Don’t know about you but I get a lot of situations where someone will ask me to pick out a few features from some data….and then provide a table with 300+ features which need extracting. No small task and even worse they need it in the next hour or so…..
Fear not, you CAN do it and even better, you can put it back on their desk and still have time to stick some pins into that voodoo doll you have of them hidden in the desk (just me then?!) This assumes that you are using ArcGIS and UltraEdit…don’t worry if you don’t have UltraEdit (shame on you!) you can also do this in Notepad++
Step 1 – Filter the data for what you need
Let’s consider the email I got the other day, one of our guys needed me to select some environmental sites from the Natura 2000 designations (you can get this data here) and sent me the following spreadsheet (I have provided an extract and not the 40+ sites)
So, how do you deal with this? How do you select out the designations above from the 177,000 in the World Database of Protected Areas?
Firstly, we need to extract only the data we are going to query from the database, so delete all the columns except for the “site name” column, note that the top row is merged, you don’t need it, delete that too!
Secondly, you may at this point realise that the ArcGIS “Search by attributes” isn’t that clever and may not pick up all the formatting or slight spelling differences, so to address this we need to have a quick scan of the column of the attribute table we will be selecting from:
Export the table
Looking at this, I can see that the term(s) “SPA” and “SAC” aren’t used in the name field, therefore I need to remove everything but the raw name from the original spreadsheet. To do this I am going to first convert the spreadsheet to csv (comma delimited) format rather than edit this in Excel. So, simply export your table to csv….
Edit the text to build the query
Then open the csv file you created in your text editing software, for this I am using UltraEdit:
Now, hold down CTRL+R (this works in both UltraEdit AND Notepad++) – and use the find & replace to remove the unwanted text, for example here “SAC”, Ramsar Site” & “SPA” are removed (and also the title)
You should end up with a list of text which is suitable for the selection process, this doesn’t have to be perfect but to work most efficiently you need to ensure ArcGIS will find the names you have asked it to (this is the hardest part of this!!)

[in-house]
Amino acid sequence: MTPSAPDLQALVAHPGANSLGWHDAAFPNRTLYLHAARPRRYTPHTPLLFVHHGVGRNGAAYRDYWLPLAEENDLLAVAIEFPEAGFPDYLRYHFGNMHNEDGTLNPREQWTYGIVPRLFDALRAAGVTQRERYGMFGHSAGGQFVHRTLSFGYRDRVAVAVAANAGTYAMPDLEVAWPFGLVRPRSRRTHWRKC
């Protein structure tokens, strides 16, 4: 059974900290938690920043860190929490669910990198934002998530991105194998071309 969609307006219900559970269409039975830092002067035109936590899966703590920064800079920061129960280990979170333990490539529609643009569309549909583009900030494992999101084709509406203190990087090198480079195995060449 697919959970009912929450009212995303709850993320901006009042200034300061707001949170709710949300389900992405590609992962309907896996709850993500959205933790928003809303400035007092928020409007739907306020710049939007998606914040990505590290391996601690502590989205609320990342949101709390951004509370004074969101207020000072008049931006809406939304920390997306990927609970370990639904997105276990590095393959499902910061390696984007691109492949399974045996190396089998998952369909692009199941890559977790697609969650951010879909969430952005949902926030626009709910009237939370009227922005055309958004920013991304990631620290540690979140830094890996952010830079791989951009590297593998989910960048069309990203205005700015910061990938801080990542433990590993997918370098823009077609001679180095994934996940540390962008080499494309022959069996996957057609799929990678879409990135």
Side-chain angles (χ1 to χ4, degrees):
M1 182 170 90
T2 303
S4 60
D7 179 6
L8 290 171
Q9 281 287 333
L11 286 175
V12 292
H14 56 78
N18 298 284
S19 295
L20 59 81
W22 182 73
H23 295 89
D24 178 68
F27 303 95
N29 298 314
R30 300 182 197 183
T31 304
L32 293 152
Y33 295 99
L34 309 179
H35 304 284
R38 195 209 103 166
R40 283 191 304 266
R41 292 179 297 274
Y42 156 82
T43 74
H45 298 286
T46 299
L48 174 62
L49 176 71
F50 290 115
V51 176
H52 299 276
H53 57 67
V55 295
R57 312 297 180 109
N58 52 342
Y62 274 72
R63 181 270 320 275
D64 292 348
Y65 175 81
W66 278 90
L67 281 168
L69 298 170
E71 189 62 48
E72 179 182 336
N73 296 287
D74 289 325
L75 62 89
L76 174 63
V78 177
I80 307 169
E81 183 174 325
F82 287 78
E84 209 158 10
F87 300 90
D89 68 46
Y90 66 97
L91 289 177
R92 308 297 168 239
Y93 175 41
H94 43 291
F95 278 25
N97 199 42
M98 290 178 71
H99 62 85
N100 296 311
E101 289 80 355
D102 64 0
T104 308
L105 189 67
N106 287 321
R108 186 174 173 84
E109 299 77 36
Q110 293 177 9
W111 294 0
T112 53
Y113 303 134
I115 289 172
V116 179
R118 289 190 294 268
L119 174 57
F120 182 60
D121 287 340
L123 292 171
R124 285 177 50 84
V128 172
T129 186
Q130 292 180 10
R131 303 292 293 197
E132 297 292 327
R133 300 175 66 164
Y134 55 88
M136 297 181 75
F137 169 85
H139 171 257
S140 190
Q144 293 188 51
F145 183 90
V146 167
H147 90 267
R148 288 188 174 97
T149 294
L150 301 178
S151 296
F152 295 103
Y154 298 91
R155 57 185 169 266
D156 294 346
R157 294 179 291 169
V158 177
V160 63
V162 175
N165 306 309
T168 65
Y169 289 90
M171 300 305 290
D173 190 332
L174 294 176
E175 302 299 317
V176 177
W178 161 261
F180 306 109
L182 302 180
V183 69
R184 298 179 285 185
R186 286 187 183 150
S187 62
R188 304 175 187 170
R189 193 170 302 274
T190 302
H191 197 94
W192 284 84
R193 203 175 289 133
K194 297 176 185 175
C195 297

Build the query
Okay….easy peasy?! Next we need to actually build the query, this is real easy as ArcGIS builds most of it for you, all you have to do is copy & place…I am assuming you can do that!!
Open ArcGIS, load the data you will be querying and then open it up in the “Select by attributes” tool:
Next is to use the select by attributes tool to build your query…..I know you can do this WITHOUT the use of the ArcGIS but trust me, I have built so many huge queries that have failed because I missed a space or comma that this is failsafe! So…you are going to build the first query and then we will apply this to the other entries.
You can see that the query requires the searched text to have apostrophes around it, you can do this in UltraEdit by using the REPLACE ^P with ‘^P’ If you don’t have UltraEdit you may have to open the csv file in Excel and apply that way.
Next to apply the query, to the first line add the first part of your query, the “[YOUR FIELDNAME]” LIKE – REMEMBER COPY & PASTE THIS!
Then, copy and replace the ^P’ we put in earlier with ^P OR “[YOUR FIELDNAME]” LIKE’ (you may need to do this in Excel if you do not have UltraEdit:
It should come out like this:
Couple of things to note before you copy and paste this into your query – DO NOT use duplicate search names (ie above Avon Valley is used twice, it will not run!) also DO NOT forget to put the apostrophe on the final term at the very bottom (if you look at the above example it is missing off Goelo)….also note the grave, apostrophe (d’Erquy) and foreign characters, the ArcGIS doesn’t like these, replace these before running any query, though note that you DO NOT need to remove the “next line” and can run it in a tabular manner:
Voila!! I hope this helps, I have run 200+ queries in this manner before without any issue though I haven’t found an open source software that replaces on new lines quite the way that UltrEdit does.